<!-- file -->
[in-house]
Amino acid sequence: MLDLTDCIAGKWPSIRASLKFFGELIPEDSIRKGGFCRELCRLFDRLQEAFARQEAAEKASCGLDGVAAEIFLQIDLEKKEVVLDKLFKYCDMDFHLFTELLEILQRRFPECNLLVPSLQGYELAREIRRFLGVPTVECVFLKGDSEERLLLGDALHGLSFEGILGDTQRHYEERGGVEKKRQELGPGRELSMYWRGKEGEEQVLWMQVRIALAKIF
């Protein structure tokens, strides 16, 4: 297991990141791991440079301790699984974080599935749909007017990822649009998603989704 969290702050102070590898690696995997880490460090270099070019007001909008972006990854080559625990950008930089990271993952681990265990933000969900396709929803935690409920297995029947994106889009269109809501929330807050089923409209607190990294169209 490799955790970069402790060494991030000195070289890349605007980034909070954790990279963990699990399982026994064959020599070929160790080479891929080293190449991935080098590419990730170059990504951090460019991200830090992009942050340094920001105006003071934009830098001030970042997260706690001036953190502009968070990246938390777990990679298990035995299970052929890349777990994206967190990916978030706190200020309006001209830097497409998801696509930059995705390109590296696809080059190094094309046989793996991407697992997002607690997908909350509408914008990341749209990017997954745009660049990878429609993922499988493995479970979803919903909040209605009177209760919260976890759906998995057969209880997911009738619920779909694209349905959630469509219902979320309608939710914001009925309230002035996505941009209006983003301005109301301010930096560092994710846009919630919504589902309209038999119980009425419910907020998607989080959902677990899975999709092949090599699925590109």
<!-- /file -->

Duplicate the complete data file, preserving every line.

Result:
[in-house]
Amino acid sequence: MLDLTDCIAGKWPSIRASLKFFGELIPEDSIRKGGFCRELCRLFDRLQEAFARQEAAEKASCGLDGVAAEIFLQIDLEKKEVVLDKLFKYCDMDFHLFTELLEILQRRFPECNLLVPSLQGYELAREIRRFLGVPTVECVFLKGDSEERLLLGDALHGLSFEGILGDTQRHYEERGGVEKKRQELGPGRELSMYWRGKEGEEQVLWMQVRIALAKIF
């Protein structure tokens, strides 16, 4: 297991990141791991440079301790699984974080599935749909007017990822649009998603989704 969290702050102070590898690696995997880490460090270099070019007001909008972006990854080559625990950008930089990271993952681990265990933000969900396709929803935690409920297995029947994106889009269109809501929330807050089923409209607190990294169209 490799955790970069402790060494991030000195070289890349605007980034909070954790990279963990699990399982026994064959020599070929160790080479891929080293190449991935080098590419990730170059990504951090460019991200830090992009942050340094920001105006003071934009830098001030970042997260706690001036953190502009968070990246938390777990990679298990035995299970052929890349777990994206967190990916978030706190200020309006001209830097497409998801696509930059995705390109590296696809080059190094094309046989793996991407697992997002607690997908909350509408914008990341749209990017997954745009660049990878429609993922499988493995479970979803919903909040209605009177209760919260976890759906998995057969209880997911009738619920779909694209349905959630469509219902979320309608939710914001009925309230002035996505941009209006983003301005109301301010930096560092994710846009919630919504589902309209038999119980009425419910907020998607989080959902677990899975999709092949090599699925590109």